Setting The Stage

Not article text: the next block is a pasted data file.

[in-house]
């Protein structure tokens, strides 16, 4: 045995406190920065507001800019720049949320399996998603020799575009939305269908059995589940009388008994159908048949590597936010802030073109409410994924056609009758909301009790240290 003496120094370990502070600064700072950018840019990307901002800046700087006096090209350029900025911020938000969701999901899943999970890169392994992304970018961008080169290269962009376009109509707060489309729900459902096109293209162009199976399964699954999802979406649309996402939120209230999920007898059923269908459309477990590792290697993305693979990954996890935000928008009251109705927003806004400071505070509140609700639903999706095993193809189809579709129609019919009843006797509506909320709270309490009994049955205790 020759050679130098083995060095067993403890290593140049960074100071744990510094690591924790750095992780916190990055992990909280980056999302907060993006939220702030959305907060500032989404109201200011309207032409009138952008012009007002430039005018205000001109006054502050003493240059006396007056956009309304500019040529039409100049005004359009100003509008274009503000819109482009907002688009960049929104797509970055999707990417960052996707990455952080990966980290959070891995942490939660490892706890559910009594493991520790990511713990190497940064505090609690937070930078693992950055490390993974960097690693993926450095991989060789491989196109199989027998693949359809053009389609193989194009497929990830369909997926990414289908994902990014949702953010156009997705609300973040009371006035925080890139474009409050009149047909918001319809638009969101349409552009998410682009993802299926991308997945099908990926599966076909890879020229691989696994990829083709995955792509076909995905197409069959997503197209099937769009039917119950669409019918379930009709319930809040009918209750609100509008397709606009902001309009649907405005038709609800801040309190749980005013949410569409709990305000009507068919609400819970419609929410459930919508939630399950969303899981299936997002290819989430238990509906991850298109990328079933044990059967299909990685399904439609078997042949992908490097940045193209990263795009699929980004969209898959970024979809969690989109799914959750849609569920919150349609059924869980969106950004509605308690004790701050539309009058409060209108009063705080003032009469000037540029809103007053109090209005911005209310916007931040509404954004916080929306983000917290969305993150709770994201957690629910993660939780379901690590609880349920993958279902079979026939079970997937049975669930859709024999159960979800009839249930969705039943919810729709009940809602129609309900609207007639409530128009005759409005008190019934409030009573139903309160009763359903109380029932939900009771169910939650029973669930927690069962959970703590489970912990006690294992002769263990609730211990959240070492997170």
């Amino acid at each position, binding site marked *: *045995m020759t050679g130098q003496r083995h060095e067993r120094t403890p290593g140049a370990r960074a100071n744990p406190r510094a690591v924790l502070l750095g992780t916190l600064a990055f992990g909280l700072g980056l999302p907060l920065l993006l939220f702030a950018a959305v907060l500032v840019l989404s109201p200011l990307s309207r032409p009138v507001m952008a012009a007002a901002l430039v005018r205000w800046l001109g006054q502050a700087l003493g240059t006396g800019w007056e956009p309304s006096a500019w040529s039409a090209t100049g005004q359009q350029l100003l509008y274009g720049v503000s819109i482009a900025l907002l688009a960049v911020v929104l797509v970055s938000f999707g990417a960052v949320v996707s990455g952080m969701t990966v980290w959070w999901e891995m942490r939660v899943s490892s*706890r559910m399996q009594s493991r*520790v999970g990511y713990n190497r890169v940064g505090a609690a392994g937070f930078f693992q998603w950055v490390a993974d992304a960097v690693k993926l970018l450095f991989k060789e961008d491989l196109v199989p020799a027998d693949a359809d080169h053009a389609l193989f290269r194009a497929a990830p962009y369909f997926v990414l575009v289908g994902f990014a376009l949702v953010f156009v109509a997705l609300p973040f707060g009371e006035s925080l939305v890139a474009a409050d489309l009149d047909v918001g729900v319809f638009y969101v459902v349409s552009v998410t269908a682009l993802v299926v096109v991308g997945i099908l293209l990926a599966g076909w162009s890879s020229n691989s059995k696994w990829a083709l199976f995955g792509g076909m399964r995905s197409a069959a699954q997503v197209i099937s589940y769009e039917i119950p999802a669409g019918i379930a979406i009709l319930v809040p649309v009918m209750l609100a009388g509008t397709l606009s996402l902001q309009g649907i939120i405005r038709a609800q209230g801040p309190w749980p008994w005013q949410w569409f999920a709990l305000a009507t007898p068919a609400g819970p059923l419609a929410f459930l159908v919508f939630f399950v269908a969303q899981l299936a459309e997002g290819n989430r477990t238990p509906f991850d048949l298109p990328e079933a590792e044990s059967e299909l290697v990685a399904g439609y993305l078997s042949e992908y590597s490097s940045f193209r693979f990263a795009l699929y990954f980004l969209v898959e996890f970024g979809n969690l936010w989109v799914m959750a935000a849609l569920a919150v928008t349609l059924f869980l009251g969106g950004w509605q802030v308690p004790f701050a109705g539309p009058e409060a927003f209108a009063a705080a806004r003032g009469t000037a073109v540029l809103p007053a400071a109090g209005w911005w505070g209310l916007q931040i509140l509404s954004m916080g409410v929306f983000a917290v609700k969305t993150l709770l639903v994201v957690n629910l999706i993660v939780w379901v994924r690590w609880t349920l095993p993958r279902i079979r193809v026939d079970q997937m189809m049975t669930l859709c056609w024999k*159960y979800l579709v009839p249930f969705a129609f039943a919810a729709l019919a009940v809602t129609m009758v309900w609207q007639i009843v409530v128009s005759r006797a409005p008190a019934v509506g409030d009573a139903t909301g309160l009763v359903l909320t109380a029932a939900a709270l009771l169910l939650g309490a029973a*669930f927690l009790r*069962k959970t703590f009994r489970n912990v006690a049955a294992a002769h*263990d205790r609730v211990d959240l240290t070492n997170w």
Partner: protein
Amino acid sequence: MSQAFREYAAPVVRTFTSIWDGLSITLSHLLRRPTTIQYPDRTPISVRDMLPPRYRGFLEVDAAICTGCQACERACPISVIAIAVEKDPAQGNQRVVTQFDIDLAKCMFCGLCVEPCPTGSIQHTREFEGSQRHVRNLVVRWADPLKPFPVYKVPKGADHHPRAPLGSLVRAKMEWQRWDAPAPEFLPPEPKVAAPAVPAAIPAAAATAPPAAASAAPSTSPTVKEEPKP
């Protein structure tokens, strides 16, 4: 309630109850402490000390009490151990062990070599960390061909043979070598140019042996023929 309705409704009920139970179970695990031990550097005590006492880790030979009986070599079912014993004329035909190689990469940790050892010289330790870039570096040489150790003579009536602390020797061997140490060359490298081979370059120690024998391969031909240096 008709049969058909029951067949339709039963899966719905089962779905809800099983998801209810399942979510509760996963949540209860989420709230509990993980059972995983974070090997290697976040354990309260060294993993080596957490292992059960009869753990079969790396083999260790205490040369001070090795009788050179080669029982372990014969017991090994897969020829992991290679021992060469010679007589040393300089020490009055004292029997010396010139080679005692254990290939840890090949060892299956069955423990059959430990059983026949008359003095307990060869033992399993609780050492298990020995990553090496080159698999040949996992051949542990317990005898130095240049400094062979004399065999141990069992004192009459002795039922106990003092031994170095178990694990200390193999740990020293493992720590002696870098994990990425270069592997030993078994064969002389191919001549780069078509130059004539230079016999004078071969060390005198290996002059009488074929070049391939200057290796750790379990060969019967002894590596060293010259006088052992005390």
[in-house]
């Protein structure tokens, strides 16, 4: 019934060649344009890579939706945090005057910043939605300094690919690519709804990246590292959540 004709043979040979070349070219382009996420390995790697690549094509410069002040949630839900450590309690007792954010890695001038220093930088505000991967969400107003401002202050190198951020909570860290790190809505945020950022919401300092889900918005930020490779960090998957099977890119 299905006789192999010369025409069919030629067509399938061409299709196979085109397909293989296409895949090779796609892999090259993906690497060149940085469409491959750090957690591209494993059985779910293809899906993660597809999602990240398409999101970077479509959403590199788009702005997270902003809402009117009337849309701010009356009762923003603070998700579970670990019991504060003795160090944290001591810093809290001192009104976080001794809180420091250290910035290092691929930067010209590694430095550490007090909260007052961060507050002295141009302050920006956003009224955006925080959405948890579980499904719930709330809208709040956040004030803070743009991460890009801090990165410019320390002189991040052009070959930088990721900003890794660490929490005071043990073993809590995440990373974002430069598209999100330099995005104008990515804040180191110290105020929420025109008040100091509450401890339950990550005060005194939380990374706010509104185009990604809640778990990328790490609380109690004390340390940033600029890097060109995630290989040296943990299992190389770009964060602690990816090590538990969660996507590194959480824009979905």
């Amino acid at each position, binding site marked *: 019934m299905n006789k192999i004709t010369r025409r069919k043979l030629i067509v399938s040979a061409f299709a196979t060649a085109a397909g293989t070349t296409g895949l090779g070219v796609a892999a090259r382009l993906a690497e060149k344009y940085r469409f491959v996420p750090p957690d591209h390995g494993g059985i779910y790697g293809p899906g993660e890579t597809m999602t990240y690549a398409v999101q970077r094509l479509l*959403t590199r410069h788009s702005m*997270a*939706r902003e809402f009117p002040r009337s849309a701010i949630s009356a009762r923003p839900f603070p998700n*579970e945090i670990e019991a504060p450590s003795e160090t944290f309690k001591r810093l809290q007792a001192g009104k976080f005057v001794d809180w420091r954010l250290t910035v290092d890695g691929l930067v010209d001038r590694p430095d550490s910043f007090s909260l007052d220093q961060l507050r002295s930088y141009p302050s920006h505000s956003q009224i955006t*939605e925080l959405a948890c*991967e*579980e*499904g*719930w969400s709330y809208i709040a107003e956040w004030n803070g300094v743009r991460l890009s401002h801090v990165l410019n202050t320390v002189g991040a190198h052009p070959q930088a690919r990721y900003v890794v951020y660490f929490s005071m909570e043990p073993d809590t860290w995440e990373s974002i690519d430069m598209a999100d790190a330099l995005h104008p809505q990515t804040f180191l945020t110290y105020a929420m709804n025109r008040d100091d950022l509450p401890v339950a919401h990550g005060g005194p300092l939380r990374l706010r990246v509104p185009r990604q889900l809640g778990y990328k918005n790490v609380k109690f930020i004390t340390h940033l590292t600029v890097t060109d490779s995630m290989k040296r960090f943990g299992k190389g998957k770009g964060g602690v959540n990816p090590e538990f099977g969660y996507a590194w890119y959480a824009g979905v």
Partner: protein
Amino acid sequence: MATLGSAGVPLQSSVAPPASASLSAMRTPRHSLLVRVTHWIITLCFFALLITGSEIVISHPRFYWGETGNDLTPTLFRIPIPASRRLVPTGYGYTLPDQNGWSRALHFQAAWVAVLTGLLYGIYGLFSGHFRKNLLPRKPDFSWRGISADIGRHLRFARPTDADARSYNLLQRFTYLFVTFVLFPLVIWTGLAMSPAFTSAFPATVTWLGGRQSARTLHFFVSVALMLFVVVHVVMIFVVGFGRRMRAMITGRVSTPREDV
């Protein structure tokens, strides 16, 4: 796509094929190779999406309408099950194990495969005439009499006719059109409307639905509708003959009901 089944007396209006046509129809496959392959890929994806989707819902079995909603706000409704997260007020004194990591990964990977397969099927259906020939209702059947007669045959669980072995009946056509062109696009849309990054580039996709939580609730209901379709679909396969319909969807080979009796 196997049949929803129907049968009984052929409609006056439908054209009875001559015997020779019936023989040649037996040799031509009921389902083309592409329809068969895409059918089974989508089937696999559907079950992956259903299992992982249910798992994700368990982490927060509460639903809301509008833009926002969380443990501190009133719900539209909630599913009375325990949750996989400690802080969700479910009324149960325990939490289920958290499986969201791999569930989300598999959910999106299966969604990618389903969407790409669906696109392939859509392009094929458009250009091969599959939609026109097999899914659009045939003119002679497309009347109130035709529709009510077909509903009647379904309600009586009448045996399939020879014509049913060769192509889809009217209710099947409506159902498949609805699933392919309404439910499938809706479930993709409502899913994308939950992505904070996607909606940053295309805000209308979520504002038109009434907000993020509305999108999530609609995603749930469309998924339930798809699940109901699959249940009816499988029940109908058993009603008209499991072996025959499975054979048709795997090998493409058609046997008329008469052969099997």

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Th e M Rep o RT | 41 O r i g i nat i O n s e r v i c i n g a na ly t i c s s e c O n da r y m a r k e t SERVICING The laTesT cFPB reform Bill moves through House Legislators continue to push to change how the agency operates. s ome changes may be on the horizon for the Consumer Financial Protection Bureau (CFPB). The U.S. House of Representatives passed H.R. 3193, the Consumer Financial Freedom and Washington Accountability Act, which would bring more "accountability and transparency" to the agency, according to Rep. Sean Duffy (R-Wisconsin), the bill's sponsor. The bill passed the House with a vote of 232-182. H.R.3193 is a collection of bills that aims to bring more oversight to the CFPB. Included in the bill are provisions to replace the CFPB director with a five-member commission appointed by the president and confirmed by the Senate. The bill would also align CFPB's governance with other, similarly-charged government agencies that protect consumers and investors. "This is the right thing to do. Let's empower Congress and the American people. Let's reform the CFPB and actually make it work," Rep. Duffy said in a press release. Additionally, the bill would separate CFPB into a stand-alone agency rather than a bureau with- in the Federal Reserve System. The bill, "[p]rohibits the CFPB from using a consumer's private, personal financial information without the consumer's knowl- edge and consent. The CFPB is currently engaged in a mas- sive, multi-million dollar data collection effort of consumers' financial information," according to a press release issued from Duffy's office. The bill now heads to the Senate for consideration. analysts Warn of next generation of subprime lenders Could today's special servicers be tomorrow's subprime kings? i n a report spurred by recent remarks on practices at non-bank servicers, analysts at Moody's Investors Service took the opportunity to express their concerns about the dra- matic growth of these firms. Referring to a recent speech in which Benjamin Lawsky, super- intendent of financial services for New York, urged regulators to "halt the explosive growth in the non-bank mortgage servicing in- dustry" when warranted, Moody's analysts Warren Kornfeld and Jason Chung noted they them- selves have held worries about growth at large servicers—albeit for slightly different reasons. "We have regularly cited the special servicers' extraordinary growth as a key credit con- straint, given the operating risks associated with the complex integration of acquired mortgage servicing rights and the potential for deterioration in servicing metrics," the analysts said in the agency's latest ResiLandscape report. In fact, Kornfeld and Chung said, if Lawsky's speech, and his halting of a major mortgage servic- ing rights deal between Ocwen and Wells Fargo, "signals a more general moderation in the rapid growth of the special servicers, it would be credit positive." At the same time, they worry companies might attempt to offset any slowdown in growth by shifting business models and originating non-prime mortgages, "a net credit negative." "We have said that Ocwen and the other special servicers could become the next generation of non-prime originators, given their wealth of non-prime servicing experience along with the cyclical, low- margin nature of prime mortgage originations," they wrote. "But originating non-prime loans increases legal risks and performance volatility." Although non-prime loan volume remains low, Moody's expects the market to redevelop "with active participation by special servicers."

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